Rychard Carrington reports on the Ukulele Orchestra of Great Britain – Cambridge Corn Exchange, 18 July 2008

Ukulele Orchestra of Great Britain


One warms to the Ukulele Orchestra of Great Britain from the start. Six men and tuxedos and one smartly dressed woman (Kitty Lux being absent on this occasion), all but one playing a small instrument with primarily comic connotations. The other plays a bass guitar, which he insists is actually a bass ukulele, on account of its having four strings. And that’s it: no technological embellishment: all our entertainment tonight will be provided by seven smartly-dressed, beseated individuals and their diminutive stringed instruments. Within a few seconds of their entrance, you pick up on their polite but very clever humour, and you know that you really like them.

While the Orchestra’s devotion to their instrument is clearly sincere, their musicianship in earnest, the comic connotations – and the formidably keen collective personal wit - lead them into what amounts to a musical comedy show. Yet, as with all good musical comedy, much of the attraction actually rests in the genuine appeal of the music. The sound of massed ukuleles is jaunty and quirky, so it goes with humour, but is also a real musical pleasure in its own right.

The majority of their numbers are reworkings of well-known songs and tunes. These aren’t merely rescored for ukuleles, but transfigured into completely different styles. Thus two highlights were a folk-cum-swing version of Wuthering Heights, and a breezy Simon-and-Garfunkelsque Anarchy In The UK. These mutations invariably worked superbly. Hoary old chestnuts were revitalised, liberated: the irreverent revisions actually increased my respect for the originals.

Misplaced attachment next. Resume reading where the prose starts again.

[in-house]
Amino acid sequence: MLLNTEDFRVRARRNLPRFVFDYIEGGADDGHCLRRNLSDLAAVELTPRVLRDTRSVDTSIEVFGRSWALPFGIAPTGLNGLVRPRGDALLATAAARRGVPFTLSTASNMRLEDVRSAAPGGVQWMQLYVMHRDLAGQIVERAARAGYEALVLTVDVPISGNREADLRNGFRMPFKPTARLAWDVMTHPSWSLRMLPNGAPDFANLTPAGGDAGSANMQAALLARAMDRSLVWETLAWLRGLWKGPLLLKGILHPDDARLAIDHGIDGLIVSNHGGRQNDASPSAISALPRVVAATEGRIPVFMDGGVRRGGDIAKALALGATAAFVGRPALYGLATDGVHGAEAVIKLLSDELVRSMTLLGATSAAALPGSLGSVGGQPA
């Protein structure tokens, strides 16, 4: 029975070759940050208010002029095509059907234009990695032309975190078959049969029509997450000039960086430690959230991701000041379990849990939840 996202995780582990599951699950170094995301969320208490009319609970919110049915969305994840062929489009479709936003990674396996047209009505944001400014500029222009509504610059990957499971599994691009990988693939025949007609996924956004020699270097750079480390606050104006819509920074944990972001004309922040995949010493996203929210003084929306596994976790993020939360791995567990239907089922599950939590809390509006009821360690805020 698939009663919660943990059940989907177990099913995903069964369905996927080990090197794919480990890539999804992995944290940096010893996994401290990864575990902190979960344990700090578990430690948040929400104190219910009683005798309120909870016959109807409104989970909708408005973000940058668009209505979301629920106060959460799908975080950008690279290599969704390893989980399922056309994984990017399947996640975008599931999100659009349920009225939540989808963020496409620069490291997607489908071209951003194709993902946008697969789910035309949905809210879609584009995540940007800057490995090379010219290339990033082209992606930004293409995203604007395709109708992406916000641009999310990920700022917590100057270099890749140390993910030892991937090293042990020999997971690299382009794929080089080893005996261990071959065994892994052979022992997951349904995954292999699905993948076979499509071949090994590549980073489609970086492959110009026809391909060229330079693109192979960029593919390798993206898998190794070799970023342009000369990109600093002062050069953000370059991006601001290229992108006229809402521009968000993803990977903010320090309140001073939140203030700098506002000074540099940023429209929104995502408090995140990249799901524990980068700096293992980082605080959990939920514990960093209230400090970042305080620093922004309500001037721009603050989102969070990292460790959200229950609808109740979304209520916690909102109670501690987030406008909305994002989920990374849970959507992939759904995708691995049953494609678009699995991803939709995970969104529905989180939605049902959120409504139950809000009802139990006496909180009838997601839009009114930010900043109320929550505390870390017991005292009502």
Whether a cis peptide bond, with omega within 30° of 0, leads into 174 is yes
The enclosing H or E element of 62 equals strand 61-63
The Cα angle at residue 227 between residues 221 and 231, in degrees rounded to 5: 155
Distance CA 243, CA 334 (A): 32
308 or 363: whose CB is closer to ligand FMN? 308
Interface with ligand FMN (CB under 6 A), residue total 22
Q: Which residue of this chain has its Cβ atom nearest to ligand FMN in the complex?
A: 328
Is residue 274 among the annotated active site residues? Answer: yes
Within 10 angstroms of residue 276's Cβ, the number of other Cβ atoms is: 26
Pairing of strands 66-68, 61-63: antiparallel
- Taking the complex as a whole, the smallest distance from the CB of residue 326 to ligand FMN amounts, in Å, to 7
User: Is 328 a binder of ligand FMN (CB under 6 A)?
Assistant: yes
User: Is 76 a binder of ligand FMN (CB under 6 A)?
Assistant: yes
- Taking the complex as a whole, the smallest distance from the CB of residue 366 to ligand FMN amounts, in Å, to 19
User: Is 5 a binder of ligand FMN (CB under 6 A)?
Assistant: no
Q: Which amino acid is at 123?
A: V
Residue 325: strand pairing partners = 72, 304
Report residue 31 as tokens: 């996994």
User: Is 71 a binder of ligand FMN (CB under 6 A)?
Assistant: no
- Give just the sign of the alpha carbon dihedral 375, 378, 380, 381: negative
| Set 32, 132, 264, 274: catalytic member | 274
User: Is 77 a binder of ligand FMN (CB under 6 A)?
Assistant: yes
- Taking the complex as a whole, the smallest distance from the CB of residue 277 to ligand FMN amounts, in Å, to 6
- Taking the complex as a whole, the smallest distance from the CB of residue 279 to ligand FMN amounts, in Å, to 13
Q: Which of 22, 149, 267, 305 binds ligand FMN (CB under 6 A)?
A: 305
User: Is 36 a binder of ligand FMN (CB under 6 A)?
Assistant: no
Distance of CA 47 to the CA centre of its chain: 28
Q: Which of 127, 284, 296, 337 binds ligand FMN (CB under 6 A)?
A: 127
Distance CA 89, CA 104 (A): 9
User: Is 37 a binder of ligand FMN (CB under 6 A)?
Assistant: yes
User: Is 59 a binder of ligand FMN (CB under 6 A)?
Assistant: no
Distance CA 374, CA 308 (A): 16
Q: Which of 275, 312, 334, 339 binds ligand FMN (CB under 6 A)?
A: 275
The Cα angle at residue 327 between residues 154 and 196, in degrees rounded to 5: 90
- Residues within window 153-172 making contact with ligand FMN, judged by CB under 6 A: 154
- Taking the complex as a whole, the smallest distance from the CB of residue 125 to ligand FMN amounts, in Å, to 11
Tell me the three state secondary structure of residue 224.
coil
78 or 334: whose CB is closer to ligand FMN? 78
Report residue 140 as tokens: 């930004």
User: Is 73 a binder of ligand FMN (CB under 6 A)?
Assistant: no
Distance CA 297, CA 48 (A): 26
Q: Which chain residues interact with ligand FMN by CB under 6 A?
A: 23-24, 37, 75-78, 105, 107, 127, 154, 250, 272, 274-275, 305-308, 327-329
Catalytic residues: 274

Although classical and jazz and older popular music feature, a further twist to the Orchestra’s endearingly strange essence is that they are well-versed in the history of rock, while presenting themselves with a manner more akin to old-fashioned entertainers for respectable audiences such as Flanders and Swann, whom you might expect to hardly acknowledge pop trends beyond Frank Sinatra. In a sense they undermine the rock revolution that rendered such style staid, reclaiming a kind of dignity and sincerity as they burlesque anthems of rock rebellion long since rendered common cultural diet – Anarchy In The UK, Teenage Kicks, Back In Black, Pinball Wizard, Rock Around The Clock, Teenage Dirtbag - transforming them into jolly smile-along ditties. Pinball Wizard – delivered a cappella, without even ukuleles – was perhaps my very favourite. Rather than deriding these songs, the Ukes accept them into their world, generously transforming them into fresh, innocent delights. They enunciate lyrics clearly, usually more clearly than in the originals, exposing the words to our scrutiny; yet whether we find these to be clever or daft, we warm to them. Through transformation comes reevaluation: the Ukes render Yes Sir, I Can Boogie on a par with the far more critically–respected disco-funk of Theme From Shaft and Le Freak. Removing songs from their cultural contexts and self-conscious attitudes, the Orchestra’s friendly comedy restores to music the simple pleasure of a good tune played well.

Their inter-song banter is equally superb, sharply drawing fresh humour out of standard conventions of live entertainment: ‘I’d like to introduce the members of the band: Dave, the bloke sitting next to you is called Peter.’

While the direction of the humour might be hard to dissect and the exact degree of seriousness of the musical appeal hard to discern (in any case, only critics need bother about such issues), the high quality of what the Ukes do is as evident as its originality. In their oddly distinct way, they are tremendous performers: you leave with a sense of having been privileged to witness greats in action, and with an equally rare sense of having been most thoroughly entertained.

Writer: Rychard Carrington